But Romney has not specified what tax preferences he would cut to make up lost revenue.

The Tax Policy Center looked at some of the possibilities in a second study it published Aug. 1 that analyzed the tradeoffs among the goals stated in Romney's plan, including lowering marginal tax rates, maintaining tax revenues and maintaining progressivity.

One of its authors, William Gale, vice president of Brookings and director of its economic studies program, served on President George H.W. Bush’s Council of Economic Advisers. Another, Adam Looney, a senior fellow in economic studies at Brookings who has a doctorate from Harvard University, served on Obama’s Council of Economic Advisers in 2009 and 2010.

To try and keep with Romney's guiding principles, the authors eliminated deductions and write-offs -- starting with the deductions for top earners first -- until they came up with enough revenue to offset the $360 billion in tax cuts that are part of Romney's plan. They also added in the effects of tax changes on economic growth. using a model developed by one of Romney's economic advisers, Harvard professor Greg Mankiw.

They determined that people who earn $1 million or more in taxable income would see an average net tax decrease of $87,117. They’d save $175,961 from Romney's tax cut, but lose $88,444 in deductions.

People who earn between $500,000 and $1 million would see a cut of about $17,000, and taxes for people with income between $200,000 and $500,000 would decrease by about $1,800, the study found.

But to make Romney's plan revenue neutral, deductions would also have to be removed for people with income below $200,000, and the effects of that would be significant, the study found. Eliminating the deductions would mean outright tax increases for everyone with income below $200,000. People with taxable income between $50,000 and $75,000, for example, would see an average net tax increase of $641. They’d save $984 from Romney's rate cut, but lose $2,672 in write-offs.

The authors specifically noted that taxpayers with children whose income is below $200,000 would see their taxes go up by an average of $2,041.

The reason for the increase is that the most popular tax breaks heavily benefit middle- and lower-income families -- the 95 percent of the population who earn less than $200,000 and, for example, carry mortgage debt and use employer-provided health insurance.

Though Romney has suggested he would focus on taking the deductions away from the wealthy, the study concluded that focusing on the top alone would not make up for the revenue sacrificed when rates are slashed.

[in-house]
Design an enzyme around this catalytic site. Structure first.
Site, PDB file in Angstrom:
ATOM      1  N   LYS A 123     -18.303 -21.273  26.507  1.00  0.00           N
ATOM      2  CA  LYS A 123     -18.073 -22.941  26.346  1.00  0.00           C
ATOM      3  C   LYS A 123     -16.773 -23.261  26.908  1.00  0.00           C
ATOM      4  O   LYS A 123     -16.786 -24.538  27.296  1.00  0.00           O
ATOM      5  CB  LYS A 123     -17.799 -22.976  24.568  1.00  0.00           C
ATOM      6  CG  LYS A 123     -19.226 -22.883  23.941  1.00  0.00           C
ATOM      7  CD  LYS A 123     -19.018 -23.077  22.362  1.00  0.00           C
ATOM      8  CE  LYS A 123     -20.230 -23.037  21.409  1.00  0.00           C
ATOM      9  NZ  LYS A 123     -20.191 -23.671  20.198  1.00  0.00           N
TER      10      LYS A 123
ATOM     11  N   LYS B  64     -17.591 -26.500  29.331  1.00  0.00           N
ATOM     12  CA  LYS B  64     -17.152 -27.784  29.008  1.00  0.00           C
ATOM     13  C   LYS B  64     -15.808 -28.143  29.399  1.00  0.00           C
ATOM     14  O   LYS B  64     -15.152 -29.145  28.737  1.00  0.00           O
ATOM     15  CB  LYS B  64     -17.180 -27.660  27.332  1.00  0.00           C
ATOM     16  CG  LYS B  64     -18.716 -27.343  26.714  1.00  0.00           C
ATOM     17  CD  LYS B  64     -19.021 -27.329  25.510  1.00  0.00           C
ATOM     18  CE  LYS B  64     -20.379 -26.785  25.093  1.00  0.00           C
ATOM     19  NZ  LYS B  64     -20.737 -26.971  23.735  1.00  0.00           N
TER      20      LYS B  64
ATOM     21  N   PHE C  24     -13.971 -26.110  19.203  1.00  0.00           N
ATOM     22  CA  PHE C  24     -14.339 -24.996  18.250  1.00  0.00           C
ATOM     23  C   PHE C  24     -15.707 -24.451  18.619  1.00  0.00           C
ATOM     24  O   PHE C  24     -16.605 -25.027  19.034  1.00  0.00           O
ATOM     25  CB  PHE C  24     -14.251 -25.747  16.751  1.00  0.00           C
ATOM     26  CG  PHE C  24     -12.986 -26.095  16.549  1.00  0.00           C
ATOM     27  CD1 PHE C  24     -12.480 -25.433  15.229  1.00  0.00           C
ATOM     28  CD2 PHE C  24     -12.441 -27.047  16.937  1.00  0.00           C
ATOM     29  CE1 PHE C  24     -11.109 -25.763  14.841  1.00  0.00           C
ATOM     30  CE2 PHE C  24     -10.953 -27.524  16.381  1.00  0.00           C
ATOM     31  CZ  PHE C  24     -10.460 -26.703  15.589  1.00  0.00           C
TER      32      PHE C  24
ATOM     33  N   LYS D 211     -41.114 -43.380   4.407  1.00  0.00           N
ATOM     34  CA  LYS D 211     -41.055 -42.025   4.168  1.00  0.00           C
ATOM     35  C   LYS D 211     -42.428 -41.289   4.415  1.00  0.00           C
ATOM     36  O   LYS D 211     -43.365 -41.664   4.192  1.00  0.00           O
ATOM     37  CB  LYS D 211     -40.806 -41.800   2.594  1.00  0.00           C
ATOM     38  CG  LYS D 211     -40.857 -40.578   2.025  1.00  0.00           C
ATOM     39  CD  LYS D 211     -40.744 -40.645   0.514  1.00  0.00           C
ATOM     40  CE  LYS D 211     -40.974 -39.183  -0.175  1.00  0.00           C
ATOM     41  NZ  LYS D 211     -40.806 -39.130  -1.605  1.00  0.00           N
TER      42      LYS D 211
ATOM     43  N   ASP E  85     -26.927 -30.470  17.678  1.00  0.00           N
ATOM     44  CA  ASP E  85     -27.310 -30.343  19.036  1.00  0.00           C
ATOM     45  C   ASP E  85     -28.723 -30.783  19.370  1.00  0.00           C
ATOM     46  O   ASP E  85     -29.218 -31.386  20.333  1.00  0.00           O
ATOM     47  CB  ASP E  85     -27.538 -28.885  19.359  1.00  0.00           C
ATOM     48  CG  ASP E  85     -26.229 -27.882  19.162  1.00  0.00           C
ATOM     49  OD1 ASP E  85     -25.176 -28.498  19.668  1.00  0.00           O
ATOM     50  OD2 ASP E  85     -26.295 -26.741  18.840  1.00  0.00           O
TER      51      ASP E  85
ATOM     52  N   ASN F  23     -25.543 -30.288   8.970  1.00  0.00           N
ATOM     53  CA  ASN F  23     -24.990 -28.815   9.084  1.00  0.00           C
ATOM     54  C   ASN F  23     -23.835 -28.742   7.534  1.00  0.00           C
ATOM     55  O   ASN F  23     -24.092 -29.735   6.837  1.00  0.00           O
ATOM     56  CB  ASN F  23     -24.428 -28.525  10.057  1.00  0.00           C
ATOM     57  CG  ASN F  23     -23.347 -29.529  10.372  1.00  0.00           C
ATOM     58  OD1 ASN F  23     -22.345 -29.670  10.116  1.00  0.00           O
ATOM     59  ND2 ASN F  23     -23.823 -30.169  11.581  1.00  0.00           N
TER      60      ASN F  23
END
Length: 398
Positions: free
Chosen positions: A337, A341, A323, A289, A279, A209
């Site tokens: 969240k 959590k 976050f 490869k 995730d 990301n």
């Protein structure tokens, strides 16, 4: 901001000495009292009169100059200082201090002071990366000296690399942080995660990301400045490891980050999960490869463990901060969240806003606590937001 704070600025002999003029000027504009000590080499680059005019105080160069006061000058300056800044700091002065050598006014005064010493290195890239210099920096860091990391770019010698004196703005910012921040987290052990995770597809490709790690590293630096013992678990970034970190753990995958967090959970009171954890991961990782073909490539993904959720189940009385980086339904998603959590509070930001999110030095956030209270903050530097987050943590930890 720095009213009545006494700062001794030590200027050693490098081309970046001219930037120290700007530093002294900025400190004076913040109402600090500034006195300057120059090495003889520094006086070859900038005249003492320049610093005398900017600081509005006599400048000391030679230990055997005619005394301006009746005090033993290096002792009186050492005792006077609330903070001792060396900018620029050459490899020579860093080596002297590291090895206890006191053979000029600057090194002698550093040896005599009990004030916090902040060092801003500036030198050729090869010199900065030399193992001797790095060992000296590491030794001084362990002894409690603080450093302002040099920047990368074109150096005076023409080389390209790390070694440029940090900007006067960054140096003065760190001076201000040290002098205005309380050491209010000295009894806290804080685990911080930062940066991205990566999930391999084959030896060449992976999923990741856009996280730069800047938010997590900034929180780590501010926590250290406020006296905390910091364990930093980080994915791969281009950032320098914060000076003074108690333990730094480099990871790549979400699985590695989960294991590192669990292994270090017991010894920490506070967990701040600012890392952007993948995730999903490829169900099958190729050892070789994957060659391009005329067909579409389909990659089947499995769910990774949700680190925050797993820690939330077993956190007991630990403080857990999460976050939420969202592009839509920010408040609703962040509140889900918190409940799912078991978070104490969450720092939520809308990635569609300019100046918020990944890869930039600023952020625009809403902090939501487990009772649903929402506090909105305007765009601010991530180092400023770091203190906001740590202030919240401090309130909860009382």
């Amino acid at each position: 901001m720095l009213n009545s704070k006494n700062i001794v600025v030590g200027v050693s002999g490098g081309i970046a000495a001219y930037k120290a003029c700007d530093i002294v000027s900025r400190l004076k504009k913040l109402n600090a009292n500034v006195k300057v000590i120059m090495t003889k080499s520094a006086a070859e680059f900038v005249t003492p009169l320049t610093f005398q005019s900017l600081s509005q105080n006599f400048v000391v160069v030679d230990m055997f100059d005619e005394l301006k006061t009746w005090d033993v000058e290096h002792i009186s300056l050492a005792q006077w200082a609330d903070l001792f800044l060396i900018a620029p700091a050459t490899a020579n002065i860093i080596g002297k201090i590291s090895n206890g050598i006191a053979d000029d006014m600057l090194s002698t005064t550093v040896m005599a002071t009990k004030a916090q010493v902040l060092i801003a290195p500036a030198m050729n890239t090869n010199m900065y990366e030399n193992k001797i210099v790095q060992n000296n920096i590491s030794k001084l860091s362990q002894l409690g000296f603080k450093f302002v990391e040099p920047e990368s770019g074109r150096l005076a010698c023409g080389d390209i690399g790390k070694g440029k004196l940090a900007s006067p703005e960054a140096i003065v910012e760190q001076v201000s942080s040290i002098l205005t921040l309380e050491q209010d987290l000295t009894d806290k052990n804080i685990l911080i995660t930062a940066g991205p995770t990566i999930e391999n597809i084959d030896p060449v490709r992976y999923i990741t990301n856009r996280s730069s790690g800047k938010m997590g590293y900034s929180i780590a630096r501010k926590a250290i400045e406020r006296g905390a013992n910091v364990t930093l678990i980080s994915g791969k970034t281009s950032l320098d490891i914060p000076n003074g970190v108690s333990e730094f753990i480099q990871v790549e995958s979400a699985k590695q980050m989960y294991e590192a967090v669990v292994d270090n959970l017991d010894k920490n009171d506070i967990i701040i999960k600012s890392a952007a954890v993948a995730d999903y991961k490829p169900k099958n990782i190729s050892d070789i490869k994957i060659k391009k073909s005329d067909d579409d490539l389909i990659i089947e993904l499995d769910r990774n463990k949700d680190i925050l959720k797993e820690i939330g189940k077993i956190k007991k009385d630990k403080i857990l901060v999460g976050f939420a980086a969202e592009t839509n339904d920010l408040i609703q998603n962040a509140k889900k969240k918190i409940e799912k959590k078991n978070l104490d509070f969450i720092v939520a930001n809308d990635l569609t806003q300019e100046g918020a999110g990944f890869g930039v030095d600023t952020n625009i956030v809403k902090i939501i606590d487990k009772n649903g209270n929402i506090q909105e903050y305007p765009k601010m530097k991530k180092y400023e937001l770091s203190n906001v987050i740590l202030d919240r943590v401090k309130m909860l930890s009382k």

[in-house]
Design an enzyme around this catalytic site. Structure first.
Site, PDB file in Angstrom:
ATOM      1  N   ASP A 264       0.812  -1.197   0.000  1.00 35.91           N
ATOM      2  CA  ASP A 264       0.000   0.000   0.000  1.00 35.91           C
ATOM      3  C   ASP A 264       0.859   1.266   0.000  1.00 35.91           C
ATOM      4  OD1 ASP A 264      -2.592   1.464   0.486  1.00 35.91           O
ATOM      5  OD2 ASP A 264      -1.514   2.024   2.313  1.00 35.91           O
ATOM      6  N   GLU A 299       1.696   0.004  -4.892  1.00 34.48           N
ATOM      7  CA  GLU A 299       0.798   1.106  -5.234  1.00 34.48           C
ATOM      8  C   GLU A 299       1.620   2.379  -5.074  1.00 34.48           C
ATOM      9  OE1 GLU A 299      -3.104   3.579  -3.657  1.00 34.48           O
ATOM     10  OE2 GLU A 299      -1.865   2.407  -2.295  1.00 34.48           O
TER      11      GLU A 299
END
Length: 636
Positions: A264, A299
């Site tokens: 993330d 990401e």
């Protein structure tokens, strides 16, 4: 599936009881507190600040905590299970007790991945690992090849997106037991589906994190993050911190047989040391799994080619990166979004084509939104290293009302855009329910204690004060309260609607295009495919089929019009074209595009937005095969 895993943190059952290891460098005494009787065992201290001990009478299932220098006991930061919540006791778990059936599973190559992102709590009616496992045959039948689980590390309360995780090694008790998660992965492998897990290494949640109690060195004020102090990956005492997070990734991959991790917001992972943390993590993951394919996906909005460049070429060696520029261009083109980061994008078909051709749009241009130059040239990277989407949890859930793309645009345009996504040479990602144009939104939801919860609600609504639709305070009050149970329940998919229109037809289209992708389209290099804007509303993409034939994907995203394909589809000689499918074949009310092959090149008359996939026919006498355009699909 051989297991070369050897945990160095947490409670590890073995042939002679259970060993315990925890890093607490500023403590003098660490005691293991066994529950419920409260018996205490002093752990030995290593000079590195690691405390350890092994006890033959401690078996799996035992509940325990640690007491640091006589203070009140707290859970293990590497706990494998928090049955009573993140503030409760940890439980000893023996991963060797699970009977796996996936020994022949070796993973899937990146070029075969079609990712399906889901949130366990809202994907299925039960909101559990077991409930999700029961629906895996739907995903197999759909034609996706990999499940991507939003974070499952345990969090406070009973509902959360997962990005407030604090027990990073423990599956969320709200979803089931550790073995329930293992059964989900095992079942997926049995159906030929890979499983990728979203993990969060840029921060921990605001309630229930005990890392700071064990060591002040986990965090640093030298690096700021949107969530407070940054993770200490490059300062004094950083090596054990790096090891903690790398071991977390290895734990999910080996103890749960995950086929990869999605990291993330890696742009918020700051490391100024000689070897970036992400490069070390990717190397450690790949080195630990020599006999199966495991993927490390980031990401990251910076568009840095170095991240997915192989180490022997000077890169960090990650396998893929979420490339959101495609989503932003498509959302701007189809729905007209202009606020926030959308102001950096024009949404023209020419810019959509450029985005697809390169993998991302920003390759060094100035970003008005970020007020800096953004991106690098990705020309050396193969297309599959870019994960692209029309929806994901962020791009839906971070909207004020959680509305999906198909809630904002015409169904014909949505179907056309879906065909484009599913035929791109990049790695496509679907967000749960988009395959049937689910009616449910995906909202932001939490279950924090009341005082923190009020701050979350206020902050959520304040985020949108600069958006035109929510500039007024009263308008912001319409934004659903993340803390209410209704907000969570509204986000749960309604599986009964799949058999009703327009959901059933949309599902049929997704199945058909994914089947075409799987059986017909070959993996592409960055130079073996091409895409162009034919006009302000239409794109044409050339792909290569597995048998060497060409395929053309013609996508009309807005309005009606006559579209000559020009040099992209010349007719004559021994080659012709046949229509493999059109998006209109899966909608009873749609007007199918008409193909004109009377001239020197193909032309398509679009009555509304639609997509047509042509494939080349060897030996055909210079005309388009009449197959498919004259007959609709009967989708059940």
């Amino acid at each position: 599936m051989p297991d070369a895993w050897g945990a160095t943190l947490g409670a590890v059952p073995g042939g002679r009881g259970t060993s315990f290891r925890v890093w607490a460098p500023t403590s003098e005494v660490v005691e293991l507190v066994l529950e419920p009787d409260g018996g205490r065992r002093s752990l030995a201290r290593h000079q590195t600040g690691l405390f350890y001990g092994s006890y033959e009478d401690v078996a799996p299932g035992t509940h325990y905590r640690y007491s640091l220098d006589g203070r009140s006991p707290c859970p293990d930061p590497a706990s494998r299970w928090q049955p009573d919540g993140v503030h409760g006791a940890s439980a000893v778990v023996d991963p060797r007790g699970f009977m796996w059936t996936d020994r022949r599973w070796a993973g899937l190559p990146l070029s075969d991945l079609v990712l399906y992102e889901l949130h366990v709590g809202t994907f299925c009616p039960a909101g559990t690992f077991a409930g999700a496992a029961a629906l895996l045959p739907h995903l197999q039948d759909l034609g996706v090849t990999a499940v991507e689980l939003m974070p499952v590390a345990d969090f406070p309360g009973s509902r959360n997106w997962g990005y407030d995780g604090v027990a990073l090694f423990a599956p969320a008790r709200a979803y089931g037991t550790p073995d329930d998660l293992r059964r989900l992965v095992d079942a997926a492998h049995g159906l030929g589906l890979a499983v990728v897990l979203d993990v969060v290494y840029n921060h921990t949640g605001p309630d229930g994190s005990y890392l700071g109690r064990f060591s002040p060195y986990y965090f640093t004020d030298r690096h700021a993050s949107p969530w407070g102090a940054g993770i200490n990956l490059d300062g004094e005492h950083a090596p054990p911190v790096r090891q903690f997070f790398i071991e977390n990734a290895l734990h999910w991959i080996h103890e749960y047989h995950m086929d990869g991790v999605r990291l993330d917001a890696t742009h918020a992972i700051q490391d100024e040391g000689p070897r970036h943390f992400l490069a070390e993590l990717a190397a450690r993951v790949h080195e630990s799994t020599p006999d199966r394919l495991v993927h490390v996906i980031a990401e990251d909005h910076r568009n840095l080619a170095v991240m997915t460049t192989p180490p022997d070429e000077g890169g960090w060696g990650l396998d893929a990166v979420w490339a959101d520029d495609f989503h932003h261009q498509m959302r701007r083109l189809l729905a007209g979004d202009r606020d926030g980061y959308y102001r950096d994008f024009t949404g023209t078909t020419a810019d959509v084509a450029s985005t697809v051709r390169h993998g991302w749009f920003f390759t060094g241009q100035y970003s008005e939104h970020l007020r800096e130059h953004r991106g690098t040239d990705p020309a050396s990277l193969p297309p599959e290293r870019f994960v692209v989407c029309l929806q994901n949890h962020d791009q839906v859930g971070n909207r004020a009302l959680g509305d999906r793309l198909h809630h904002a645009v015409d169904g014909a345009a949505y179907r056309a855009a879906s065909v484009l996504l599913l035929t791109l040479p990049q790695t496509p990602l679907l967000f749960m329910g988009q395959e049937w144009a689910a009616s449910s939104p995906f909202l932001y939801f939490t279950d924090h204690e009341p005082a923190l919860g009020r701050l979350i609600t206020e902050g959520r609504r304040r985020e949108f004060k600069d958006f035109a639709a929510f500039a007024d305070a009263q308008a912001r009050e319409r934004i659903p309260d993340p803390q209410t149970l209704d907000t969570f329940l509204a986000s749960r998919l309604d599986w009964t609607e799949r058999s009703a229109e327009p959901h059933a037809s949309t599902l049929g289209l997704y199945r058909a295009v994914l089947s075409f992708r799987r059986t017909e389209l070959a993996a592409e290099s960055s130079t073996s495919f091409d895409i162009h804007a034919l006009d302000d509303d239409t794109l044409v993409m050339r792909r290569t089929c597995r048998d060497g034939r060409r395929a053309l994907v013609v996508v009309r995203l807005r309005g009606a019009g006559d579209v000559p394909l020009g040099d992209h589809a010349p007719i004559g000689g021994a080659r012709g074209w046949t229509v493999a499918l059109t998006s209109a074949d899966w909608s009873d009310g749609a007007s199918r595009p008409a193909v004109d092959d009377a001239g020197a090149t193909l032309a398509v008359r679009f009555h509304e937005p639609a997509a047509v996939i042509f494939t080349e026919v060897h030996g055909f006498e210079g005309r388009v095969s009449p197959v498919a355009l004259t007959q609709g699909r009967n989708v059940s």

Unlike John McCain and Obama, whose detailed tax plans were analyzed by the Tax Policy Center in 2008, Romney has presented a "not well defined" plan that is "very explicit about some things and non-specific about others," Williams said. "Given what he has said, it is difficult if not impossible to see a way it would not raise taxes on the middle class."

Strickland’s claim was that Romney's plan would "give an additional $250,000 tax cut to millionaires and billionaires" while raising taxes to the middle class.

He is partially accurate. A study by the Tax Policy Center about Romney's stated plans found that millionaires would get a $250,000 tax cut. But it also found those plans would cut taxes for the middle class, too, though they would raise them on the lowest-income households.

A second Tax Policy Center study, which used what Romney has said about his tax plan and attempted to calculate outcomes for different groups of taxpayers, found that making the plan revenue neutral would result in smaller tax cuts for millionaires and families with income above $200,000, but would require raising taxes on other households, including the middle class.

As long as the details of the Romney plan remain unknown, the conclusions can't be definite.

But the part of Strickland's statement about millionaires represents tax cuts they would get without accounting for tax deductions and write-offs that could be reduced or eliminated. His statement about the middle class -- who stand to lose more from changes to those deductions than they'd gain by the tax cuts -- includes them.

Those are important details that put the claim in proper context.

On the Truth-O-Meter, Strickland’s claim rates Half True.